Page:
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Districts look for an outside view

Editor’s note: The following is the first part of a two-part series on local school district staffing methodologies. The Progress Times has met with school administrators and education advocates to determine how districts deal with maintaining their staffing levels and whether a standard should be required.

MISSION — In the ongoing economic uncertainty for education funding, local school districts have begun cutting excess spending anywhere they can from energy efficiency to consolidating bus routes, office supplies, equipment and general departmental budget cuts.

But when it comes to staffing, the biggest expenditure in any budget, school district officials tread lightly, acknowledging that their teachers and staff are worried about job security. Stressing to their staff and the public that jobs aren’t in danger, and as long as they’re able, school districts have pledged cut payroll costs through attrition as employees voluntarily leave the district.

And as all those options are exhausted, local district administrators have begun to search for future solutions elsewhere, using staffing studies to help identify where the district can make its first cuts or not refill positions.

Mission Consolidated Independent School District

“It has become my Bible,” Mission Superintendent Dr. Cornelio Gonzalez said of the district’s report.

In June, the school board approved a staffing analysis through the Texas Association of School Boards, a private 62-year-old organization that represents Texas school districts, for $25,000.

It was the first time Mission had done any type of independent staffing study, but Gonzalez said the study was vital as news of the upcoming state deficit was making its way to Mission.

“We wanted to use it as a guide for decision-making,” he said. “What can we afford to lose?”

The study, and the district’s contract to engage in the study, did not mean the district had to act on its findings.

As the first district in the Rio Grande Valley to conduct the study, Gonzalez said Mission was able to act instantly in creating its resignation incentive program after discovering Mission was over staffed by 217 employees.

Implemented in February, 40 campus clerks, 20 non-campus clerks, 50 instructional aides, three assistant principals, five counselors, 14 registered nurses, 11 elementary teachers, 27 junior high teachers, 27 high school teachers, 15 maintenance workers and five custodians could have voluntarily resigned, qualifying for an incentive package of 10 percent of their gross salary or $6,000.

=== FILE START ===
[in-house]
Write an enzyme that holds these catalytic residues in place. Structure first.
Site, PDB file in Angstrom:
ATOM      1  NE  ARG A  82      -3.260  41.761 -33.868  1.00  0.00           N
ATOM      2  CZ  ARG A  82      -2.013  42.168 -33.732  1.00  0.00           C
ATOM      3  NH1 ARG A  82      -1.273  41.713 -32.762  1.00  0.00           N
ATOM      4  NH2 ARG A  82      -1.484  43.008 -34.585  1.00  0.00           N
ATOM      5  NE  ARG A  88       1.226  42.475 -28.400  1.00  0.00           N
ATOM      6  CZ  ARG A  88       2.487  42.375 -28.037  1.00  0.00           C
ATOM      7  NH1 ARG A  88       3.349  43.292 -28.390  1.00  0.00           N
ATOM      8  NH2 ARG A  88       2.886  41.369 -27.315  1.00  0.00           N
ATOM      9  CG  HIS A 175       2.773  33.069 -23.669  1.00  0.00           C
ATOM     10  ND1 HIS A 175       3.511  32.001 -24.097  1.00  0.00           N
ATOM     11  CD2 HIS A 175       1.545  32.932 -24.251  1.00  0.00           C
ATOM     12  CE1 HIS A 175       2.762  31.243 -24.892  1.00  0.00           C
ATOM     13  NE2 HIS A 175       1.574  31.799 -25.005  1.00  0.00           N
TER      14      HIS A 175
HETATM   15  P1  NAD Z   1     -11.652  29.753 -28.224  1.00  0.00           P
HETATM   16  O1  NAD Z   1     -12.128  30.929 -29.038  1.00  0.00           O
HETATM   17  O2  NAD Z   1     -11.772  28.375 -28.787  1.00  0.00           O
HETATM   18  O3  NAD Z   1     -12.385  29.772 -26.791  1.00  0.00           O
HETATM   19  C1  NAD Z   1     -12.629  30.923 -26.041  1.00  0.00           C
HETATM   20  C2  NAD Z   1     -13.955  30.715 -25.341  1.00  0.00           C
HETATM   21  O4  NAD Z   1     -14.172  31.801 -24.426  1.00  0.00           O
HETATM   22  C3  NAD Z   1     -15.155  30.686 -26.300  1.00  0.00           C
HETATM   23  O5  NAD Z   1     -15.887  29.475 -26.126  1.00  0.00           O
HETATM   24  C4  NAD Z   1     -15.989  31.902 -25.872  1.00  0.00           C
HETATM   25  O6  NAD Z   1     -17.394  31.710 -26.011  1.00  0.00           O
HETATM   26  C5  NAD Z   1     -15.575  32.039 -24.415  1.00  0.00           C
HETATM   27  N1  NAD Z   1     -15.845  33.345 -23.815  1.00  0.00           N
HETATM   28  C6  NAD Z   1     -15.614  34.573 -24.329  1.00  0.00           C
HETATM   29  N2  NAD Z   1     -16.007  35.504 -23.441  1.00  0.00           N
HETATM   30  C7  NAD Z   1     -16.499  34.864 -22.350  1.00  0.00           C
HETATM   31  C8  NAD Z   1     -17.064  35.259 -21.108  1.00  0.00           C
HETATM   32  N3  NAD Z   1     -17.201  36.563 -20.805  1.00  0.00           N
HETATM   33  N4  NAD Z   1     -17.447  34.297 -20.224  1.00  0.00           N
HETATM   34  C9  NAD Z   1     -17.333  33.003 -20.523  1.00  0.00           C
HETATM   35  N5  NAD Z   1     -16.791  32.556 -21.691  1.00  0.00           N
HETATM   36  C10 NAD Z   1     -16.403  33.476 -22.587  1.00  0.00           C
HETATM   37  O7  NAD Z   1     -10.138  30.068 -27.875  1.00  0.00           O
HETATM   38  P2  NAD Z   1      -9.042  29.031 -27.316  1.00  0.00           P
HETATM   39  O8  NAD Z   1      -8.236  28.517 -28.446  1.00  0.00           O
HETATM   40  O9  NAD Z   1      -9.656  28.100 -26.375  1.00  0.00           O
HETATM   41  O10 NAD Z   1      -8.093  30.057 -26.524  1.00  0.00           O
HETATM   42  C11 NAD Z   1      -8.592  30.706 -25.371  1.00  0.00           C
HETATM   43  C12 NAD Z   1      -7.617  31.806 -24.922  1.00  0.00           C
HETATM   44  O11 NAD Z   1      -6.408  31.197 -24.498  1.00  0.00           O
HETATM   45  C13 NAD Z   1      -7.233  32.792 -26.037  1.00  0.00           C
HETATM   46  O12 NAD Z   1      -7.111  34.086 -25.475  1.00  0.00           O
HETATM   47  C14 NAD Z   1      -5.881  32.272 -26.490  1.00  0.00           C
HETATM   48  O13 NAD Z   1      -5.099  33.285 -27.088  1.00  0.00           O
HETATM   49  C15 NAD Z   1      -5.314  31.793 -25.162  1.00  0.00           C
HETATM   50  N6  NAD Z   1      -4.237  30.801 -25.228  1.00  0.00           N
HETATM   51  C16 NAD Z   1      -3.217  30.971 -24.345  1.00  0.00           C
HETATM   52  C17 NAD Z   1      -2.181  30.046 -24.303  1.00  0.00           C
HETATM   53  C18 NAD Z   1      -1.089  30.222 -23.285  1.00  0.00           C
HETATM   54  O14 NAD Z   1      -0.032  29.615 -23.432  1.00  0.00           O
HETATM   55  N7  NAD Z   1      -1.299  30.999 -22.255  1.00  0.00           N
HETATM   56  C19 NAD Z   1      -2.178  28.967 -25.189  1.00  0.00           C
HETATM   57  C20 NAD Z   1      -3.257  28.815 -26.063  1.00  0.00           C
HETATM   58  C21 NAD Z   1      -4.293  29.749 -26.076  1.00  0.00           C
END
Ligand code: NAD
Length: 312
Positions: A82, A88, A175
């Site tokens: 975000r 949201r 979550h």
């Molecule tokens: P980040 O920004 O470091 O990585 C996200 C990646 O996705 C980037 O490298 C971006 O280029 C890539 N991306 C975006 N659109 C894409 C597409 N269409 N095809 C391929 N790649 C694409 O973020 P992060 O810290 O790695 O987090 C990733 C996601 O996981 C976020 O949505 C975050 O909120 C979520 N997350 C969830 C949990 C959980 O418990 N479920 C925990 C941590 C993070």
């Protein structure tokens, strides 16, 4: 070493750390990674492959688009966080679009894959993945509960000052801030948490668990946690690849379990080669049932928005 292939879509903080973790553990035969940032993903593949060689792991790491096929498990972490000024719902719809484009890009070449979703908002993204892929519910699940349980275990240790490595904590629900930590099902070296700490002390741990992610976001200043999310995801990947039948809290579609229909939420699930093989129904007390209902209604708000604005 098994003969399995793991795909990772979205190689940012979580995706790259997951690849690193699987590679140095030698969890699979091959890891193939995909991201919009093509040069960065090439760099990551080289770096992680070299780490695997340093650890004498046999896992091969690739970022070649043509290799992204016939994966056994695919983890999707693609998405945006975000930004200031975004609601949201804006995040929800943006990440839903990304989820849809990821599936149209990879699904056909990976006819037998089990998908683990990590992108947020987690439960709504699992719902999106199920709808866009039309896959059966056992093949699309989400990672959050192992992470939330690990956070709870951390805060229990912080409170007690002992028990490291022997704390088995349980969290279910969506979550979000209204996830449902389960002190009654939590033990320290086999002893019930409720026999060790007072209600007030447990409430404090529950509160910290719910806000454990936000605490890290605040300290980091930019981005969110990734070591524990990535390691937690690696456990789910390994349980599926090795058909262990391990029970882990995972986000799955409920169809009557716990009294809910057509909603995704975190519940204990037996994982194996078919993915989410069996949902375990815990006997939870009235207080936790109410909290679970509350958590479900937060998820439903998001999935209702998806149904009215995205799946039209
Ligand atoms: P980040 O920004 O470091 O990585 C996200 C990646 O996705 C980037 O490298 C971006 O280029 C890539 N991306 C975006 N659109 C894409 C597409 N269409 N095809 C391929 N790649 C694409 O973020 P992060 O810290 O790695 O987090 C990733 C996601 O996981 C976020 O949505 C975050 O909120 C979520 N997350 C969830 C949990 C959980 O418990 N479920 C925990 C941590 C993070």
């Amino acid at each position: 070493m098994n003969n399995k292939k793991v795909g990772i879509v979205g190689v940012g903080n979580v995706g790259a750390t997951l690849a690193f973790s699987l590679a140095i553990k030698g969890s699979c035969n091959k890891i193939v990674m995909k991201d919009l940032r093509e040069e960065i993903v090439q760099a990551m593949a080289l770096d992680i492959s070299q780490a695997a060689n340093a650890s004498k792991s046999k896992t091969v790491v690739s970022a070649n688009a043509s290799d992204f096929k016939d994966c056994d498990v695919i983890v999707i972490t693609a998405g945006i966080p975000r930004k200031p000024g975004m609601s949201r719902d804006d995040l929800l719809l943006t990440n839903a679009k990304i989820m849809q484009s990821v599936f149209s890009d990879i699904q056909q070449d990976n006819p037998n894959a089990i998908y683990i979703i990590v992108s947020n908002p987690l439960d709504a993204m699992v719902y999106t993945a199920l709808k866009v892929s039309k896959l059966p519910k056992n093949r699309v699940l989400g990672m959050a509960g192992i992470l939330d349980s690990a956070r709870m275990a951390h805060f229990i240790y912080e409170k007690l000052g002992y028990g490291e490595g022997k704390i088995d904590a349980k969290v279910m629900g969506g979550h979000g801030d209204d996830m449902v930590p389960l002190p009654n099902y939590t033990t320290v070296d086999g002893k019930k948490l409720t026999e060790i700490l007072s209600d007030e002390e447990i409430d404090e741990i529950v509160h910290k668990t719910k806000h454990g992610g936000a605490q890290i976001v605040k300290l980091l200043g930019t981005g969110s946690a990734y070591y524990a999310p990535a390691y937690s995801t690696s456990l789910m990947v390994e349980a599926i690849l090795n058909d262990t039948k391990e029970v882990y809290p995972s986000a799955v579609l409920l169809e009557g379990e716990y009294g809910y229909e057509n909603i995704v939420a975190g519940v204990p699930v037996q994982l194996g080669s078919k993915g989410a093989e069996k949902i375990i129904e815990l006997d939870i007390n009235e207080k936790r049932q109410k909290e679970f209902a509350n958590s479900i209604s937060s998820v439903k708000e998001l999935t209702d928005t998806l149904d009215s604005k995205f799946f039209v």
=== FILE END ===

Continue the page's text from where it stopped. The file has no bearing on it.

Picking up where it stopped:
Of those 217, 67 employees participated in the program. Another 21 employees not eligible for the program have told administrators they are leaving the district; Mission continues to consolidate its staff through attrition. Because of the staffing study, if an employee chooses to leave, the district is able to look back at the analysis to determine if they can do without refilling that position.

As the district’s superintendent for a little over a year, Gonzalez said staffing studies are key to help serve the district’s students. At every district he’s worked at, he said he’s utilized staffing studies to determine what changes, if any, could be made in the future.

Mission’s excess of employees isn’t necessarily overstaffing, he explained.

“The resources we had at the time were a lot more abundant than the resources we have now,” Gonzalez said of state and federal funding.

The district must be efficient and effective in order to provide its students a quality education, making the $25,000 study a worthwhile investment.

“Otherwise, you’re just acting based on assumptions that aren’t based on anything objective,” he said. “I feel it was very effective. An insider would not be effective.”